Do we really want the domestic economic policy to be so beholden to external factors, and so exogenously determined? I doubt.
For what merits? In any event, how does the accumulation of gold (important as it is) at the Central Bank, convince a widow/widower in Nyamandhlovu or Nyatate that the fiat paper she/he holds as money is infact backed by gold? She/he still has to depend on what the Government or Monetary Authorities say, and we are back to the same page on the urgent need to restore trust/confidence in currency, which is a derived institutional mechanisms trust.
The world over, only one country, Lebanon remains on some form of gold standard. No other country has considered this as a serious alternative, notwithstanding the flaws in the current fiat money, since President Nixon de-merged the US dollar from gold in 1971 and floated the US dollar.
Strong currencies, the world over remain strong on the basis of sound fundamentals that adhere to sound money. Since inception in 1948, until conversion to the Euro, the German Deutsche Mark (D-mark) was famed for its stability and acceptability the world over, not because the Bundesbank had gold to back it (though they had some gold) but because of the concrete institutional mechanisms that made the stability of the currency foolproof.
It may be important to remember that the UK Government abandoned the gold standard in 1931, at the height of the Great Depression, and other countries eventually followed suit.
The revaluation of the pound and pegging to gold had contributed measurably to the Great Depression and to Britain’s interwar industrial decline. John Keynes, the father of modern macroeconomics contented with the Chancellor of the UK Exchequer in the mid 1920s (before the great Depression), against both the revaluation of the currency and pegging it to gold.
Many economists attribute the pronounced British industrial decline in the interwar years to the revaluation of the currency and its pegging to gold.
The point is this: Having huge gold or FX reserves, important as it is, is no guarantee for acceptability and stability of the currency. Fundamentals are critical.
This is particularly in light of the fact that the global financial system literally takes no prisoners and if the tide turns against a currency, no amount of FX reserves can stand against the tide (unless you are China and sitting on US$4 trillion in FX reserves). No other country can stand the tide of global international financial markets.
So Zimbabwe must, of course accumulate gold and FX reserves, but not as a foundational/fundamental pre-requisite for currency stability.
What then is fundamental for successful currency introduction? The list below may not be completely exhaustive but forms among the core requirements to ensure currency stability.
Control of the budget deficit and financing
The most important and critical requirement for currency stability relates to control of the budget deficit and the nature of budget deficit financing.
Currency stability is fundamentally, a function of the levels of the budget deficit and how the budget deficit financing. Large and recurring budget deficits, financed through monetization, the outcome is as certain as the sun rising from the east.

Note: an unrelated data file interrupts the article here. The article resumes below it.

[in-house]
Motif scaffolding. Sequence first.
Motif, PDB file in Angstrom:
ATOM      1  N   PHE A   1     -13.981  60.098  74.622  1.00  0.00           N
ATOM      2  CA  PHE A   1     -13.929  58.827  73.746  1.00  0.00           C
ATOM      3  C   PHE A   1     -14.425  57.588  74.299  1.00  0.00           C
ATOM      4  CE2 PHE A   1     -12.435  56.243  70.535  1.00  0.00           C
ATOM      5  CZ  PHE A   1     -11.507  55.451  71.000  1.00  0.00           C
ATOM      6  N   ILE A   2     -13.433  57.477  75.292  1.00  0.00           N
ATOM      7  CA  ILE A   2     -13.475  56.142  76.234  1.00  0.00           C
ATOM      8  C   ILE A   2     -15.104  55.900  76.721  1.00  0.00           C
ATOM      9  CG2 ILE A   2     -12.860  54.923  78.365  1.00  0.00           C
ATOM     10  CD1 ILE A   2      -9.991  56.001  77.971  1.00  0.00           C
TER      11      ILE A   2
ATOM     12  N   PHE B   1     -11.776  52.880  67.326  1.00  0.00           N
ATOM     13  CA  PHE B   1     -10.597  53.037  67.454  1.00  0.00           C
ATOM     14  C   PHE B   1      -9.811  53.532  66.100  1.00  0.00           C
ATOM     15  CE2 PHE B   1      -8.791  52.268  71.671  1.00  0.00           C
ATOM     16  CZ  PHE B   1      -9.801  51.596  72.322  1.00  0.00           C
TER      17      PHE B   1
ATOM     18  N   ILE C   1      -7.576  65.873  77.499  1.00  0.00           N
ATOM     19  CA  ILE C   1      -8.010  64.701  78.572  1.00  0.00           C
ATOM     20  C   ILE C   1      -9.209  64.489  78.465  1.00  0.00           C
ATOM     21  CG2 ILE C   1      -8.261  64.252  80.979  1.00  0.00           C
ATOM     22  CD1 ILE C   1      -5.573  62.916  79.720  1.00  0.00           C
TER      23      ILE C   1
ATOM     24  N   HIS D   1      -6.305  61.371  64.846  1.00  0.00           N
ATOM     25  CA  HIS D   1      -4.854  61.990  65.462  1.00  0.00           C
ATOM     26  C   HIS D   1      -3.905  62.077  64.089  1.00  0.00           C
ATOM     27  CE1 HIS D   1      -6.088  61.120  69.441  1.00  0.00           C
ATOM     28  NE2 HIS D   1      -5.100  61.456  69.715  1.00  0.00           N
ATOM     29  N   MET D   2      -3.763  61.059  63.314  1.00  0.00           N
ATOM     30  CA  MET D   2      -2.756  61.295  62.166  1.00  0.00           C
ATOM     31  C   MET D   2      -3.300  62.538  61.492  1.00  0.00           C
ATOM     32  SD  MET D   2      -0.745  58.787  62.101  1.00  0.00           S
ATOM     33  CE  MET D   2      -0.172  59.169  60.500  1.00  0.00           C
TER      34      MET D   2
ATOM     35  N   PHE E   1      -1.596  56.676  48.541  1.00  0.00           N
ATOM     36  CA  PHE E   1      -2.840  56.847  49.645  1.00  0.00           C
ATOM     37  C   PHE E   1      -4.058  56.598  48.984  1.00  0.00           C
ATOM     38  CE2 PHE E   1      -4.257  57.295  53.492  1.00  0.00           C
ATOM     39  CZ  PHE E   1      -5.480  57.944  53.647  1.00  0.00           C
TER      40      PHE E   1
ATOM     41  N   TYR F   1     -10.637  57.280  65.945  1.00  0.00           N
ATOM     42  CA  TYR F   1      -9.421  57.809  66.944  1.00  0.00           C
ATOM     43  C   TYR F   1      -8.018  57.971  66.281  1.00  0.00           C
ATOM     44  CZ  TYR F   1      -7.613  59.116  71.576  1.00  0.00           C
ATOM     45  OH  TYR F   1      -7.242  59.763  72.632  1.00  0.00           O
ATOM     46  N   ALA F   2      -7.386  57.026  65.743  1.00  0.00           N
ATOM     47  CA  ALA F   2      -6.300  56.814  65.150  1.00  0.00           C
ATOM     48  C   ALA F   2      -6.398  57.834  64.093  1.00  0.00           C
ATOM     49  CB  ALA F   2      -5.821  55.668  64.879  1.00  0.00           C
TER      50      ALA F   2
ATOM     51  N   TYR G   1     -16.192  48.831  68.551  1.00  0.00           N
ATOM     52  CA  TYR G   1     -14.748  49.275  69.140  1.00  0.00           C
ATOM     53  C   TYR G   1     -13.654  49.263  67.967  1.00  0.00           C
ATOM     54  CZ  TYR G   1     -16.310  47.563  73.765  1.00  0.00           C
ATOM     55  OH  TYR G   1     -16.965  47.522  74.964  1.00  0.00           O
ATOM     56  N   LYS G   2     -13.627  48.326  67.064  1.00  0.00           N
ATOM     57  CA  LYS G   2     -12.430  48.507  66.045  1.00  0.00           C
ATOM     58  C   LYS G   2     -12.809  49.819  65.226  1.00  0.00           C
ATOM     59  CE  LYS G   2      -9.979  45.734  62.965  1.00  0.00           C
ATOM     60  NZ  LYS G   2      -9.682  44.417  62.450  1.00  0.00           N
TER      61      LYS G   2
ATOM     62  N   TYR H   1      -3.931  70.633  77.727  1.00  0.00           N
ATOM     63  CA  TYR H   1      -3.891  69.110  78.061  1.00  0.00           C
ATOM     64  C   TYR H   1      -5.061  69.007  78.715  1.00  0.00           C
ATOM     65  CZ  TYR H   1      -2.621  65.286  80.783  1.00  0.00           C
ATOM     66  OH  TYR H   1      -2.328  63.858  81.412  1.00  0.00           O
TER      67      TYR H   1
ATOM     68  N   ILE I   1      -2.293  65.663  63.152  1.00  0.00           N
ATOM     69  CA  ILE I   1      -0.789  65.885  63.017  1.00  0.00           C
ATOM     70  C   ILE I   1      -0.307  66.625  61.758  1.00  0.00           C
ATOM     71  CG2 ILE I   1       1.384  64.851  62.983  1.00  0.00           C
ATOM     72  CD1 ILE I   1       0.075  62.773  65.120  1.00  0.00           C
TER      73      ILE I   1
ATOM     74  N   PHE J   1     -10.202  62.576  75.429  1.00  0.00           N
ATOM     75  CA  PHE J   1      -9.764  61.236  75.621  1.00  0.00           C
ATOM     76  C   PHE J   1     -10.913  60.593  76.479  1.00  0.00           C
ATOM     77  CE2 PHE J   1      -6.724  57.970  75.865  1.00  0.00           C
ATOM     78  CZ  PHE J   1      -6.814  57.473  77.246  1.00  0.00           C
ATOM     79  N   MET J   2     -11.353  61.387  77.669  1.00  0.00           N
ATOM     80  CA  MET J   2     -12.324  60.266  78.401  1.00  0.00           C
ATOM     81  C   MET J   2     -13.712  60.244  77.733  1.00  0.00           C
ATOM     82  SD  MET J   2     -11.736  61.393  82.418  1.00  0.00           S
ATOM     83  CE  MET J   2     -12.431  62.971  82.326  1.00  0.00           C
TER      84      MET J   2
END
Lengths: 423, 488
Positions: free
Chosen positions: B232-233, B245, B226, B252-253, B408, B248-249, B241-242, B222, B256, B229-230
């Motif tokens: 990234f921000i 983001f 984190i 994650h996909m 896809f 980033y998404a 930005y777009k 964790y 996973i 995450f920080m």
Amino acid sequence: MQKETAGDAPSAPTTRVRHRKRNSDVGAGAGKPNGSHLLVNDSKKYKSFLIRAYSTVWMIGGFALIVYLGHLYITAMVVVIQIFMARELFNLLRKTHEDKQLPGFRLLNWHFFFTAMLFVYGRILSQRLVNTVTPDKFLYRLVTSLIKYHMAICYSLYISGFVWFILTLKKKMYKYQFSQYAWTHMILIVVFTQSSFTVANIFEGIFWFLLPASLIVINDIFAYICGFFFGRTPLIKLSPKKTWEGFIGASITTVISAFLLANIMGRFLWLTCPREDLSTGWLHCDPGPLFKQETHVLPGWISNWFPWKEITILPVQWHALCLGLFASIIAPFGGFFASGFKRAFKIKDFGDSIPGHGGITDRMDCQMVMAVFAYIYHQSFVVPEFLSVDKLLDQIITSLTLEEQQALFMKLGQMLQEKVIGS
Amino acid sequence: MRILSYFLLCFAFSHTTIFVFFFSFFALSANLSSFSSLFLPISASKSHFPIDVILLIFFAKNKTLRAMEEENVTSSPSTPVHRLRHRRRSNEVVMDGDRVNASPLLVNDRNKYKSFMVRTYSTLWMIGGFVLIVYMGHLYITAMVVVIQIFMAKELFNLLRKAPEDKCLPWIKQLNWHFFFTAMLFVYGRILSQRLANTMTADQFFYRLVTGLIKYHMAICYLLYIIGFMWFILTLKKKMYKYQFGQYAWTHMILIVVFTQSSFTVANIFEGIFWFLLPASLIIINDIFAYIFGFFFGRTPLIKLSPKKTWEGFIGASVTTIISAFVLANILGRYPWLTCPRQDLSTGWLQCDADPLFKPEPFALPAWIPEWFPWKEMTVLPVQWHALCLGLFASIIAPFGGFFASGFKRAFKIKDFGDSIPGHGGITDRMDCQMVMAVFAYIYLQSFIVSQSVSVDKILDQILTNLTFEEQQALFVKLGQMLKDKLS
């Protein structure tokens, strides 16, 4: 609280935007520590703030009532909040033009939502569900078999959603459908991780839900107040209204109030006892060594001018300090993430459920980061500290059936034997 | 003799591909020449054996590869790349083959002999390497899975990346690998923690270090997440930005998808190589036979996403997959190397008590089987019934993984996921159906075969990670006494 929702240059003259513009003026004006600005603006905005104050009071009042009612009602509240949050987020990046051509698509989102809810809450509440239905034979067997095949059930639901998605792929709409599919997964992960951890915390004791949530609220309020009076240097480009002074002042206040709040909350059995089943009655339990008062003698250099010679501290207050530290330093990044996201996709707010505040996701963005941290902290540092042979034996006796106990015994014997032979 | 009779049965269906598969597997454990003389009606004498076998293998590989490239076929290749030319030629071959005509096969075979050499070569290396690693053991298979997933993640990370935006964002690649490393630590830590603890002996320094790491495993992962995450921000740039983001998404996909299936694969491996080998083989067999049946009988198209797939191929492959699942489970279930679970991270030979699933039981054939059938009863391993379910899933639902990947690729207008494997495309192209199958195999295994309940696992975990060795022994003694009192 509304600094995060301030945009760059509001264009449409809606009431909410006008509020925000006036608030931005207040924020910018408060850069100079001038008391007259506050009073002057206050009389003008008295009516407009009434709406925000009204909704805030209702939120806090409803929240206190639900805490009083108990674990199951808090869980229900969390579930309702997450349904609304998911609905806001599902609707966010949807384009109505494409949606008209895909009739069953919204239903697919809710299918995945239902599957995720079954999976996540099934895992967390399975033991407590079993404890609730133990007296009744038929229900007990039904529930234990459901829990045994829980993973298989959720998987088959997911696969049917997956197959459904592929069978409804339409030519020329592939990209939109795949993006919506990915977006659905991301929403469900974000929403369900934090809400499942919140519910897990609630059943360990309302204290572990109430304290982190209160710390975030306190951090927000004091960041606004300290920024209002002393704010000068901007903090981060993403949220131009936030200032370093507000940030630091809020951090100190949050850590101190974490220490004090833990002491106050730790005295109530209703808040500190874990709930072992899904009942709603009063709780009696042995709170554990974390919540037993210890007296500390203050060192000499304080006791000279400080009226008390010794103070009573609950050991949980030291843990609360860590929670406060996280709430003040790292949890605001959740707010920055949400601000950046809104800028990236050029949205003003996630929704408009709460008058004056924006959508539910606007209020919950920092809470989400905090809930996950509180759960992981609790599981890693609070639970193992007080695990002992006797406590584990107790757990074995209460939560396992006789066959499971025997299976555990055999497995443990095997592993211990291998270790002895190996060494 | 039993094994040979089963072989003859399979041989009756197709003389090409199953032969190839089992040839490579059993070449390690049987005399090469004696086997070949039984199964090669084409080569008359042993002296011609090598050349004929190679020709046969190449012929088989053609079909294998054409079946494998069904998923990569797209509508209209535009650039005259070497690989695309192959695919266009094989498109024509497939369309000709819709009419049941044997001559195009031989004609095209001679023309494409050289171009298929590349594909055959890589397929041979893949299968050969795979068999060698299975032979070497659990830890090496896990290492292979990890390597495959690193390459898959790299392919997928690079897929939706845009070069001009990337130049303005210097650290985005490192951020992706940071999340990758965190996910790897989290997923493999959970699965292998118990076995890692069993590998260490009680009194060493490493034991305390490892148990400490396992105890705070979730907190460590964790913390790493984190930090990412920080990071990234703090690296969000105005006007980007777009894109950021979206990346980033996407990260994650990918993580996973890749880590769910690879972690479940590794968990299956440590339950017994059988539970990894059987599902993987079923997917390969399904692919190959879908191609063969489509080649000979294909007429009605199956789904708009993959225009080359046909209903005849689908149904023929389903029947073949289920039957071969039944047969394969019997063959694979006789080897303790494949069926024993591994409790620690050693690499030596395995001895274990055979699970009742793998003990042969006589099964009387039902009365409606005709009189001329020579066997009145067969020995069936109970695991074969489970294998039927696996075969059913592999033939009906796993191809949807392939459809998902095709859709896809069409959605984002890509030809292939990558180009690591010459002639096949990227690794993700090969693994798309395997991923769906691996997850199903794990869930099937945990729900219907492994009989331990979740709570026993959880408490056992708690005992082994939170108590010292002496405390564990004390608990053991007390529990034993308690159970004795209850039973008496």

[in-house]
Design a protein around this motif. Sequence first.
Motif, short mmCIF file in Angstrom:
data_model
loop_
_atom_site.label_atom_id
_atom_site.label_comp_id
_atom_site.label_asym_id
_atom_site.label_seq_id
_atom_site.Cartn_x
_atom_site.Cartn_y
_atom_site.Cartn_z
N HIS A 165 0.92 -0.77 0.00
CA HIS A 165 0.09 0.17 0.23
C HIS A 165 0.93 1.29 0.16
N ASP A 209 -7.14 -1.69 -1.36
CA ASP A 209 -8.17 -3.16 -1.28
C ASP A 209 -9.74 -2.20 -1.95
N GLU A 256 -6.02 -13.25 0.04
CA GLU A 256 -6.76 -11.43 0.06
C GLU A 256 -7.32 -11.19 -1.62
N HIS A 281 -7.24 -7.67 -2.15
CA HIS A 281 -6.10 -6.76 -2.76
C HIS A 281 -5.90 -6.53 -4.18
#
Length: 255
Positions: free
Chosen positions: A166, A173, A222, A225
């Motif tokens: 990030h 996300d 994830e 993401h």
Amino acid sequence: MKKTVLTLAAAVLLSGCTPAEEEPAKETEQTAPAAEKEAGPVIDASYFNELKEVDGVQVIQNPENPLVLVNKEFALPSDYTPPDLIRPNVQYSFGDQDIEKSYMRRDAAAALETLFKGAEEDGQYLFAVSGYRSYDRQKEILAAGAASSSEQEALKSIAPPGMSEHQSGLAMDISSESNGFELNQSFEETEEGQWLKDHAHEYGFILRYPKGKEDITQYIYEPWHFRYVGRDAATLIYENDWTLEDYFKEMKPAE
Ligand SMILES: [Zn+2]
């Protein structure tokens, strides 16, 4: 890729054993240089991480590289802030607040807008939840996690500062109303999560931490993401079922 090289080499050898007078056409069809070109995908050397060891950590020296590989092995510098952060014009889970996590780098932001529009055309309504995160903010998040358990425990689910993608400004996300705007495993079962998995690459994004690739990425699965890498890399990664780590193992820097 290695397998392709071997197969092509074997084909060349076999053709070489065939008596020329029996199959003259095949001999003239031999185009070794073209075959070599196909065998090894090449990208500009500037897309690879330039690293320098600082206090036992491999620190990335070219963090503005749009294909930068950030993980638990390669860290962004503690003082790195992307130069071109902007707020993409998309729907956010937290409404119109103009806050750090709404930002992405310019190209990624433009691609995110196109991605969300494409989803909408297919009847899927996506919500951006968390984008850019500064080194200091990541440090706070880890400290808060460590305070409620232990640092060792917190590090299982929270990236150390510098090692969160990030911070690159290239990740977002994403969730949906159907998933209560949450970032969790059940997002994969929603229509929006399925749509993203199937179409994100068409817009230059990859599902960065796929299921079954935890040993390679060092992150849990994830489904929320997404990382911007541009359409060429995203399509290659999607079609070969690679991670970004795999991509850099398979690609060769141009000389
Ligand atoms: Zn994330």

In the case for Zimbabwe, because of the experience with large fiscal deficits, recurrently monetised, it becomes an imperative not just to control the budget deficit but even target some small surplus as a way of building and restoring fiscal credibility. It is the road less travelled.
Stabilising inflation at levels consistent with currency stability is impossible without control of the budget deficit and financing. Achievement and sustaining price stability requires sustaining low fiscal deficits and prudence in the financing of such deficits.
Reverting to cash budgeting
As part of efforts to gain control of the fiscal budget and as much to reinforce the message that the budget deficit is completely under control, it may be important to consider cash budgeting for 2 or 3 years prior to introduction of the domestic currency.
Coupled with targeted fiscal surplus (the budget permitting), this may be an important and powerful signal by Authorities that the budget is completely under control.
The public will observe such bold steps and interpret that to mean that Authorities are firmly in control of the fiscus. Such a step will also increase demand on Government instruments such as Treasury Bills, lowering interest rates in the economy.
Even if the cash budgeting is adopted in some modified version, what is important is the concrete steps to control the budget deficit, the elephant in the room.
Domestic and Foreign Debt Resolution
Zimbabwe is, unsustainably saddled by both domestic and foreign debt. As part of overall macroeconomic reforms, there is need to address this problem, comprehensively, beginning with multilateral debt under a structured repayment arrangement.
The resolution of domestic debt is directly linked to the financing of the budget deficit and has implications on the banking sector stability and financial/capital markets development. This is critically important for currency stability.
Joseph Mverecha is an Economist with a Local Commercial Bank and writes in his own capacity.
To be continued next week